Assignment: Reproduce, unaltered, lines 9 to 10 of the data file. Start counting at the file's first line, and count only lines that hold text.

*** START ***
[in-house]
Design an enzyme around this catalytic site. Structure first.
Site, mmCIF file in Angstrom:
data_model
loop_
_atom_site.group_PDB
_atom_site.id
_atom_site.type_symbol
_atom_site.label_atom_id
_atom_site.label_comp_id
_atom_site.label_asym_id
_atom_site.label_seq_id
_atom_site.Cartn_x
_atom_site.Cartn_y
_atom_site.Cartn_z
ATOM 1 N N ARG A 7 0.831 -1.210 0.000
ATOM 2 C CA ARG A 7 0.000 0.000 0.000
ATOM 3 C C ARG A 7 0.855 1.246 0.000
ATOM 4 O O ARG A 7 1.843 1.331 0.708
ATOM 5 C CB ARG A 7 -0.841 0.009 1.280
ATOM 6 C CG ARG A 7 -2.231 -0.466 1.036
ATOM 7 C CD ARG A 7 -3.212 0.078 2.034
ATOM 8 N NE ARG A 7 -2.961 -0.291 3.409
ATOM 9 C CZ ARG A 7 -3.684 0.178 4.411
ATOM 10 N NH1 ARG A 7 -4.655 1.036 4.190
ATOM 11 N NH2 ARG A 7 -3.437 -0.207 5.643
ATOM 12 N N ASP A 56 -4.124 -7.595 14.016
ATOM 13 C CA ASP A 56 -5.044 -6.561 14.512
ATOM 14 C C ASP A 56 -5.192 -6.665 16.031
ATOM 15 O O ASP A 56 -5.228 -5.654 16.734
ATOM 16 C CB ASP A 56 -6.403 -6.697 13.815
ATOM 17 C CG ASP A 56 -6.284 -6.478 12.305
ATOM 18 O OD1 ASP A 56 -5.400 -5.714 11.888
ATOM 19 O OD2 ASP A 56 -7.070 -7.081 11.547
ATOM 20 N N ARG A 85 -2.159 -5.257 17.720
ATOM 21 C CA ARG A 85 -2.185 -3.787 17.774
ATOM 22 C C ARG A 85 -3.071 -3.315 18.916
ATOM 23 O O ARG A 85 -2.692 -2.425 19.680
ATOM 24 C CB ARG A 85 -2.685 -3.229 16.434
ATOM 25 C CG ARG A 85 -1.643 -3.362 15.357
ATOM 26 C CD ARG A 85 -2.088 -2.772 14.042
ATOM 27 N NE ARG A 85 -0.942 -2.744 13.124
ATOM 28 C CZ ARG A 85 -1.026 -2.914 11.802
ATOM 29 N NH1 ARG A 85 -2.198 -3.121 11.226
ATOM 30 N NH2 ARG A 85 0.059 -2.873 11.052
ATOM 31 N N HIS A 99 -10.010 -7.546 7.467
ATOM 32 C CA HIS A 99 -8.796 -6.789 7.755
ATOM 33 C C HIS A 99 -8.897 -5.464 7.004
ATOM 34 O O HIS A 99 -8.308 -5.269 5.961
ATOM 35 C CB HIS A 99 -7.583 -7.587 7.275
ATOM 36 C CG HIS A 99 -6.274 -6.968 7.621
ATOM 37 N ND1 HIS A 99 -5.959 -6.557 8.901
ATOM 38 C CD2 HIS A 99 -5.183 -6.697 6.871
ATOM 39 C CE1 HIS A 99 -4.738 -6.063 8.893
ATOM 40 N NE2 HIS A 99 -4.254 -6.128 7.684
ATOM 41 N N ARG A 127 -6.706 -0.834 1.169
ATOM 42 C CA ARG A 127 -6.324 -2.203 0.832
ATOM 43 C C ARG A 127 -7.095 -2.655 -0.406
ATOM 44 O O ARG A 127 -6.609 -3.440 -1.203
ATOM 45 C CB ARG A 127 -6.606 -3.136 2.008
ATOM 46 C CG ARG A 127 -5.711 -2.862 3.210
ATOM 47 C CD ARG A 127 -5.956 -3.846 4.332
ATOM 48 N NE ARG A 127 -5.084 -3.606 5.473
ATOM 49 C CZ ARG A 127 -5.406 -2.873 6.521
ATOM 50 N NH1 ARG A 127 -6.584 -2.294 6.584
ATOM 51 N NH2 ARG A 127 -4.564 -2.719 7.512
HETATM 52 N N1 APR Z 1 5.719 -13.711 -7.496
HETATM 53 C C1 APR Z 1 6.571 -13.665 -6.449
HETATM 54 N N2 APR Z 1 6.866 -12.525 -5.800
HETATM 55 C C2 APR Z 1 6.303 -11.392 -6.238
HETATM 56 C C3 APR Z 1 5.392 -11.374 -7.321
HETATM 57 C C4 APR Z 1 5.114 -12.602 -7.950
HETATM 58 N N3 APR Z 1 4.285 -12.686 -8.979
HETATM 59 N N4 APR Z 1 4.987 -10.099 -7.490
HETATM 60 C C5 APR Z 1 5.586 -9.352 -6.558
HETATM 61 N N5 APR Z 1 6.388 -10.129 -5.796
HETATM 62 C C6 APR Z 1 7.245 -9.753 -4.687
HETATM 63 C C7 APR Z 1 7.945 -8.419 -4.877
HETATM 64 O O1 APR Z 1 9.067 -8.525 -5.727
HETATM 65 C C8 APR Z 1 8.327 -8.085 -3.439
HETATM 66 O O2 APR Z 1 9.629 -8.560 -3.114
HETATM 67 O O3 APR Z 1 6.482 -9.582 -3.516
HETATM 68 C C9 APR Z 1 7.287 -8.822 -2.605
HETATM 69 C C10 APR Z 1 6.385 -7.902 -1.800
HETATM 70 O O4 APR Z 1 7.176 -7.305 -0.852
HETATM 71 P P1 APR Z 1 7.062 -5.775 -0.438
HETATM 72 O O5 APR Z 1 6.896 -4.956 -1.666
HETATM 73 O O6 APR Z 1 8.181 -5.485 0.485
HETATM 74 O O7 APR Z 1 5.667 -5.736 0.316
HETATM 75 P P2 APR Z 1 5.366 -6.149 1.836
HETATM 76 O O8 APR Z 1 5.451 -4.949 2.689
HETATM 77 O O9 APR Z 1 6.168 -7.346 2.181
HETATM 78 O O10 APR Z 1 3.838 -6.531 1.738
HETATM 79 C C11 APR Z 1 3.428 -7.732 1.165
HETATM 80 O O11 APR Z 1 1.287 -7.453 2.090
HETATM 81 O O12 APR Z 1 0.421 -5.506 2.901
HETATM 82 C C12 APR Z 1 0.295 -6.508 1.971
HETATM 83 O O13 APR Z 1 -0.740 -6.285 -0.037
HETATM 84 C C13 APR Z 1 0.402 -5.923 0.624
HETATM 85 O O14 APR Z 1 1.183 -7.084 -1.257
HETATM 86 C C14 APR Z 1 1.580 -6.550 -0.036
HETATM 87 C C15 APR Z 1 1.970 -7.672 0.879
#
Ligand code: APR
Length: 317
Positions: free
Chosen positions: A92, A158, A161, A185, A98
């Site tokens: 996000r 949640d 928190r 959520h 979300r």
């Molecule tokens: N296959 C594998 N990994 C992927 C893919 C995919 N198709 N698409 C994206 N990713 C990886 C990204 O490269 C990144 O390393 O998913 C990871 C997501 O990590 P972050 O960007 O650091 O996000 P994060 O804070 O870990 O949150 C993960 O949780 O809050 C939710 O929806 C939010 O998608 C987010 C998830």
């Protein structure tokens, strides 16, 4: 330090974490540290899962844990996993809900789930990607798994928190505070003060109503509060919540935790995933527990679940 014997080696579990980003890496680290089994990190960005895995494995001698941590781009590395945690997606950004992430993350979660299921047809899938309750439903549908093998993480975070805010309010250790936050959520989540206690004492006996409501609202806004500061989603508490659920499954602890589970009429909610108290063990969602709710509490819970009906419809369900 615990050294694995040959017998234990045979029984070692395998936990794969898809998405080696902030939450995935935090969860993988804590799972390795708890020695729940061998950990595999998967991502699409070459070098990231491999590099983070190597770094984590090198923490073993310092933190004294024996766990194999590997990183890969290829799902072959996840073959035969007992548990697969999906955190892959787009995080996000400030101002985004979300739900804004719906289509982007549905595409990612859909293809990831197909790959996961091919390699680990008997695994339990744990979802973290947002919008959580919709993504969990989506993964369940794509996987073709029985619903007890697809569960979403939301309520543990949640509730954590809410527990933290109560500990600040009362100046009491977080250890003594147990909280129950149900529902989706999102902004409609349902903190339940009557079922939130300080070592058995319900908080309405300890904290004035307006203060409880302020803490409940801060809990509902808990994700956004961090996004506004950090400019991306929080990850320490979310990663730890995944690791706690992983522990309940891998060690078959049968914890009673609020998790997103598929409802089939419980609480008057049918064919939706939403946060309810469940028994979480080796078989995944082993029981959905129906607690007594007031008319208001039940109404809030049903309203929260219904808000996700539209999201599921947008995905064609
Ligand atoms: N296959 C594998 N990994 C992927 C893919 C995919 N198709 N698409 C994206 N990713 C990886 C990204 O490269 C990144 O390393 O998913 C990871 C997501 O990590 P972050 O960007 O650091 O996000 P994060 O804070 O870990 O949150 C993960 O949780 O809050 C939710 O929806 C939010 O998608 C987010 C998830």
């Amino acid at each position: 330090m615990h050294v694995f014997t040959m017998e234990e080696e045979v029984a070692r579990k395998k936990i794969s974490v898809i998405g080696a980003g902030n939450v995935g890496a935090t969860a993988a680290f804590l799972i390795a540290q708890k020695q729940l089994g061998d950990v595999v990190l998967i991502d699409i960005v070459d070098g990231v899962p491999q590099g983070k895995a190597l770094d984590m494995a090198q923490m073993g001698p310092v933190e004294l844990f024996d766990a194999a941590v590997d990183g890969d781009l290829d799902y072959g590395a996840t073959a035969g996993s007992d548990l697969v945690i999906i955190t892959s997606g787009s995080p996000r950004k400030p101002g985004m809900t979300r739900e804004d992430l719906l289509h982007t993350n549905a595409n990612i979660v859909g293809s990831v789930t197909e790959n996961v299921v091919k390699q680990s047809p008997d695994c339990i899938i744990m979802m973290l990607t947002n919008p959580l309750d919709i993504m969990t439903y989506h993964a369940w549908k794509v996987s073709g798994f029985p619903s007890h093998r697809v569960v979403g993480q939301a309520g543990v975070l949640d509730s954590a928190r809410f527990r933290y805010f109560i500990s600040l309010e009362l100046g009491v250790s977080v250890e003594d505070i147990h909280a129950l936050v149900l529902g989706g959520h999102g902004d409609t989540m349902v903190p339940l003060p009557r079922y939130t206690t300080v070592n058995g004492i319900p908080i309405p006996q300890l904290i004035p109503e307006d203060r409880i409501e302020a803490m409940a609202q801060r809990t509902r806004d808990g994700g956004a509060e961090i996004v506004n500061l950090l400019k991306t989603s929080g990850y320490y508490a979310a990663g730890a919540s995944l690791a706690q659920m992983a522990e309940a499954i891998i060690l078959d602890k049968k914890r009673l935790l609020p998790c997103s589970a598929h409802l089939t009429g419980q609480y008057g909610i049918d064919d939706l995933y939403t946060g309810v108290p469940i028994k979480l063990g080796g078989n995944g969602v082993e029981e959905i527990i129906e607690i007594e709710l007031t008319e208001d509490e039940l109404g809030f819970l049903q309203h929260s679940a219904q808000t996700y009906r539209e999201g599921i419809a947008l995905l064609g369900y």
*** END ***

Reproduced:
_atom_site.label_atom_id
_atom_site.label_comp_id